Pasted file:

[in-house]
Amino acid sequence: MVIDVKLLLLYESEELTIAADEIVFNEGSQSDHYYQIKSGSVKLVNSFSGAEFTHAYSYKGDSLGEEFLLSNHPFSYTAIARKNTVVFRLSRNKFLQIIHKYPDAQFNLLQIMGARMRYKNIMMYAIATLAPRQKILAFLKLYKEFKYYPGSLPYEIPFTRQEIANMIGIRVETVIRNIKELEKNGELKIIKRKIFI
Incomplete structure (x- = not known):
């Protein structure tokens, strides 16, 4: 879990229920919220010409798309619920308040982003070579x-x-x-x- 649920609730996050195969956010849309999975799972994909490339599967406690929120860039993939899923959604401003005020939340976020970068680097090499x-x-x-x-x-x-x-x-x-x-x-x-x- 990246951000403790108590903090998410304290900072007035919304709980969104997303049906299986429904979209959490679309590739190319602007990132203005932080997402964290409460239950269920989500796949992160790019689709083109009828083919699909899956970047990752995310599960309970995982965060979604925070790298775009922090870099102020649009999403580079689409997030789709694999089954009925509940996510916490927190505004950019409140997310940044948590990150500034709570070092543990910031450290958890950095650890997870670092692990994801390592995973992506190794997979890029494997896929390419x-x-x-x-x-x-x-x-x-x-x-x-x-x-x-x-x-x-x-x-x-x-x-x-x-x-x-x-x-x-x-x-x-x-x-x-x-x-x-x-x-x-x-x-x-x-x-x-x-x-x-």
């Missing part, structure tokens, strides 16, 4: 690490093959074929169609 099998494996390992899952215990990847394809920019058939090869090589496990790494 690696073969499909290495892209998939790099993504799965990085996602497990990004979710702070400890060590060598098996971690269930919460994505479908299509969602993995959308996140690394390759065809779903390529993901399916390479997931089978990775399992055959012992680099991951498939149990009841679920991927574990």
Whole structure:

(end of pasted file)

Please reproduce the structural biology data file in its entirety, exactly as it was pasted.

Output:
[in-house]
Amino acid sequence: MVIDVKLLLLYESEELTIAADEIVFNEGSQSDHYYQIKSGSVKLVNSFSGAEFTHAYSYKGDSLGEEFLLSNHPFSYTAIARKNTVVFRLSRNKFLQIIHKYPDAQFNLLQIMGARMRYKNIMMYAIATLAPRQKILAFLKLYKEFKYYPGSLPYEIPFTRQEIANMIGIRVETVIRNIKELEKNGELKIIKRKIFI
Incomplete structure (x- = not known):
């Protein structure tokens, strides 16, 4: 879990229920919220010409798309619920308040982003070579x-x-x-x- 649920609730996050195969956010849309999975799972994909490339599967406690929120860039993939899923959604401003005020939340976020970068680097090499x-x-x-x-x-x-x-x-x-x-x-x-x- 990246951000403790108590903090998410304290900072007035919304709980969104997303049906299986429904979209959490679309590739190319602007990132203005932080997402964290409460239950269920989500796949992160790019689709083109009828083919699909899956970047990752995310599960309970995982965060979604925070790298775009922090870099102020649009999403580079689409997030789709694999089954009925509940996510916490927190505004950019409140997310940044948590990150500034709570070092543990910031450290958890950095650890997870670092692990994801390592995973992506190794997979890029494997896929390419x-x-x-x-x-x-x-x-x-x-x-x-x-x-x-x-x-x-x-x-x-x-x-x-x-x-x-x-x-x-x-x-x-x-x-x-x-x-x-x-x-x-x-x-x-x-x-x-x-x-x-």
């Missing part, structure tokens, strides 16, 4: 690490093959074929169609 099998494996390992899952215990990847394809920019058939090869090589496990790494 690696073969499909290495892209998939790099993504799965990085996602497990990004979710702070400890060590060598098996971690269930919460994505479908299509969602993995959308996140690394390759065809779903390529993901399916390479997931089978990775399992055959012992680099991951498939149990009841679920991927574990």
Whole structure: